Anyone start out med/surg? - page 2

by sameasalways

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I have seen a few openings in the past year for Labor/Delivery nurses in my area. I have always loved helping new moms with breastfeeding and women's health in general. I feel I have a good understanding of women's health... Read More


  1. 2
    I worked Med/surg for about 1 1/2 years before transferring to OB (where I've been working for almost 8 yrs). OB is sometimes a tough field to break into, because directors typically give preference to applicants who have OB experience. Usually it is easier to get hired to an antepartum or mom/baby unit then L&D, so if you're ultimately wanting to work L&D you may need to apply for a position in a mom/baby or antepartum unit & then bridge to L&D.
    It will feel a little like you're starting over when you start a new specialty. I remember that my first few weeks I felt like I was "all thumbs" (partially because I was working at a new hospital with very different equipment). But typically you will regain confidence more quickly because you have experienced "settling in" before. And there are a few skill that do transfer.
    I agree that med/surg is a great starter experience. I will occasionally run into situations in OB (like giving heparin or blood, etc) where the nurses that have only worked OB are very uncomfortable, but I know what to do because of my old med/surg experience.
    Last edit by strn96 on Dec 6, '11
    del2009 and AJPV like this.
  2. 0
    i did home health my first 6 mo out of nursing school (hated it), i then did med/surg with telemetry for the last 18 months. just transferred to L&D on 11/7/11 and I feel like a complete idiot nurse with no experience most of my days. Everything is so different and some of the nurses are just plain evil!!! In our L&D we do our own triage, and we also rotate to operating room and post-op for our c-section patients. have have our own 2 operating rooms and post op rooms on our locked unit. it is very overwhelming and i am starting to wonder if i made the right choice. This is what i wanted to do since i was a child, but boy is it hard and the other nurses with their sarcasm and pure evilness sure doesnt help.
  3. 0
    Quote from del2009
    i did home health my first 6 mo out of nursing school (hated it), i then did med/surg with telemetry for the last 18 months. just transferred to L&D on 11/7/11 and I feel like a complete idiot nurse with no experience most of my days. Everything is so different and some of the nurses are just plain evil!!! In our L&D we do our own triage, and we also rotate to operating room and post-op for our c-section patients. have have our own 2 operating rooms and post op rooms on our locked unit. it is very overwhelming and i am starting to wonder if i made the right choice. This is what i wanted to do since i was a child, but boy is it hard and the other nurses with their sarcasm and pure evilness sure doesnt help.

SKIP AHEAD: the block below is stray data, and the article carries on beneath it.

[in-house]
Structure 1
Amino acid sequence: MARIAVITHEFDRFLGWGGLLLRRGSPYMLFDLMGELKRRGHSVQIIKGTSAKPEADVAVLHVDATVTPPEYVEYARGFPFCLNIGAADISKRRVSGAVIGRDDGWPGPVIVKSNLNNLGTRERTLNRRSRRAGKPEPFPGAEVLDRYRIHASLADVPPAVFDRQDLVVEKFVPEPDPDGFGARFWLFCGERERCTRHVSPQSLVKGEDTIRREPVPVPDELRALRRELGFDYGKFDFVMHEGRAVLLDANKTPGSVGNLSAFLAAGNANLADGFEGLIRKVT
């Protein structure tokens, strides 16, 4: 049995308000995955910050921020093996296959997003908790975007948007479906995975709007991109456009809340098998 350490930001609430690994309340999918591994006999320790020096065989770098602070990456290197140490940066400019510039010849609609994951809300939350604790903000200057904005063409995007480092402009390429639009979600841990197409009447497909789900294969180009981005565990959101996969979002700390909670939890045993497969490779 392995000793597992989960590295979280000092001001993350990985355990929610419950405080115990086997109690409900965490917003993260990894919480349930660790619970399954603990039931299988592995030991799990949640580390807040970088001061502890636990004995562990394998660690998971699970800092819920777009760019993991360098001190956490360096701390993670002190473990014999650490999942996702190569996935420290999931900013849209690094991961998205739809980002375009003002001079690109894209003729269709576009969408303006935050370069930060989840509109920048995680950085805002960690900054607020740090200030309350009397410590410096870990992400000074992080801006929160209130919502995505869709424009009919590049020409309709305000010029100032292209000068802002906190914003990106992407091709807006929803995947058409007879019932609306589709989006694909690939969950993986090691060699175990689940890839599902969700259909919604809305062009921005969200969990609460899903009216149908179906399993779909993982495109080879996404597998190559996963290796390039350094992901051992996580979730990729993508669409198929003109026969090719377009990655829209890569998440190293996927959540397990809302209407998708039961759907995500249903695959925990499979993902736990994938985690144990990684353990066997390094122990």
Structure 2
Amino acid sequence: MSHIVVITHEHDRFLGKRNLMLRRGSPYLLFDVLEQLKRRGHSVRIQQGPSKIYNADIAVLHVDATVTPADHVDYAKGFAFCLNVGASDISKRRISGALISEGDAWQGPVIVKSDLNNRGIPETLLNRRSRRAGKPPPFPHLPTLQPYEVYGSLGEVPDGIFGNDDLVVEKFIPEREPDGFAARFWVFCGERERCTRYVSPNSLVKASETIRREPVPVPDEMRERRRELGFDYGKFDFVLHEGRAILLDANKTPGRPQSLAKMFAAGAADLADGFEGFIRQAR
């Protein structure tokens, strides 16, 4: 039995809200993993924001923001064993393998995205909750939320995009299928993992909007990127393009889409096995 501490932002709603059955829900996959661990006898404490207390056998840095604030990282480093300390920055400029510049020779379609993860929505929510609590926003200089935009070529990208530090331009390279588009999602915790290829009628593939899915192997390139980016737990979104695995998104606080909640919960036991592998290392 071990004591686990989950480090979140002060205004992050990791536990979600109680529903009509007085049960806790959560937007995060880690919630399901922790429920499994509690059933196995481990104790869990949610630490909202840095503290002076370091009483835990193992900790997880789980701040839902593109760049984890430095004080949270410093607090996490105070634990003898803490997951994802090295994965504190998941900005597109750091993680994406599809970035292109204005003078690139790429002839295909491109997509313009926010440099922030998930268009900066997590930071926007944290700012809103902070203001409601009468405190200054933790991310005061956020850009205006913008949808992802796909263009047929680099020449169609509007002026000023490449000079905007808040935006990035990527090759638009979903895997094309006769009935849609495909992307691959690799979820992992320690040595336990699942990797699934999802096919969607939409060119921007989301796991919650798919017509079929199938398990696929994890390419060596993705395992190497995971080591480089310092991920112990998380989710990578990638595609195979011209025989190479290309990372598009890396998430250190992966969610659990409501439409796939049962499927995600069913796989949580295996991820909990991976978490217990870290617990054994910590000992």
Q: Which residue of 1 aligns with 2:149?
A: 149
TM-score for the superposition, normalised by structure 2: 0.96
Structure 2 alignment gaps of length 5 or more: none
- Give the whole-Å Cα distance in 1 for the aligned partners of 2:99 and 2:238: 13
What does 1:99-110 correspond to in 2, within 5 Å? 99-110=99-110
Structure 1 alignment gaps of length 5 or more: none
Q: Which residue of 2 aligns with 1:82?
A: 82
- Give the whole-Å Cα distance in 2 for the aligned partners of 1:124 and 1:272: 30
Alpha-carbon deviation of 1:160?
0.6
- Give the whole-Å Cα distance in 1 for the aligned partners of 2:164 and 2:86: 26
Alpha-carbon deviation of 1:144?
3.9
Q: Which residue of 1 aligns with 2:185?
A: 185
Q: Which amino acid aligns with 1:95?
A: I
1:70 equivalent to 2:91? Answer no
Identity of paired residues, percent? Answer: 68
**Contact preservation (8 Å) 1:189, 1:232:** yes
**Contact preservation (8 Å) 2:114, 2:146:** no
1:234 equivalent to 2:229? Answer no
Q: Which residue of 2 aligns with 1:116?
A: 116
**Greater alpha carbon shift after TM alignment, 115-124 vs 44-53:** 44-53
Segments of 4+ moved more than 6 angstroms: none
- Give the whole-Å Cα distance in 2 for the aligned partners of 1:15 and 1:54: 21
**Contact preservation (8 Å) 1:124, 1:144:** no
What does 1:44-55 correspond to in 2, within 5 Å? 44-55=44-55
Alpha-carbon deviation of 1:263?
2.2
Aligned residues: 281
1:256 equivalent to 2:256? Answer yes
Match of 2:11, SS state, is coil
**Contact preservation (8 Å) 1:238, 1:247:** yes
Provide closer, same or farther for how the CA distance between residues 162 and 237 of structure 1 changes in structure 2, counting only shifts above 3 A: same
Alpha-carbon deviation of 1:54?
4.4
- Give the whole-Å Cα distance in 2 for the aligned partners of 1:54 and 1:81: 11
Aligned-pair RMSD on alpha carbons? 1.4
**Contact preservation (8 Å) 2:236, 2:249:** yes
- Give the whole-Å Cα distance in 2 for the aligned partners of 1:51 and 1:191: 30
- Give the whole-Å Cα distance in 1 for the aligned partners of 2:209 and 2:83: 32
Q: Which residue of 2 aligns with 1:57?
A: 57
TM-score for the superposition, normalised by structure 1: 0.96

thanks for your comment. i feel like an idiot almost everyday. very discouraging
  4. 0
    Quote from strn96
    I worked Med/surg for about 1 1/2 years before transferring to OB (where I've been working for almost 8 yrs). OB is sometimes a tough field to break into, because directors typically give preference to applicants who have OB experience. Usually it is easier to get hired to an antepartum or mom/baby unit then L&D, so if you're ultimately wanting to work L&D you may need to apply for a position in a mom/baby or antepartum unit & then bridge to L&D.
    It will feel a little like you're starting over when you start a new specialty. I remember that my first few weeks I felt like I was "all thumbs" (partially because I was working at a new hospital with very different equipment). But typically you will regain confidence more quickly because you have experienced "settling in" before. And there are a few skill that do transfer.
    I agree that med/surg is a great starter experience. I will occasionally run into situations in OB (like giving heparin or blood, etc) where the nurses that have only worked OB are very uncomfortable, but I know what to do because of my old med/surg experience.

    thanks for your comment. i feel like an idiot almost everyday. very discouraging
  5. 0
    i started out in med/surg as did most of my classmates. i learned a little about a lot of disease processes and a lot about being a nurse, taking care of patients, dealing with physicians and ancillary services. i grew up, became an adult and learned about being an employee and a coworker. when i was ready to go to icu, they hired me on the spot. orienting to the icu was a piece of cake -- i already had a broad knowledge base, i just had to build on it. i already knew the basics and could slap in an iv, ng and foley while reassuring anxious patients and guiding brand new doctors. i knew what kind of questions to ask and what i should look up on my own.

    i've noticed over the years that the nurses who start out in med/surg last longer, are generally happier in whatever job they end up in, and aren't as subject to burnout. dh, who started in icu says the same thing.


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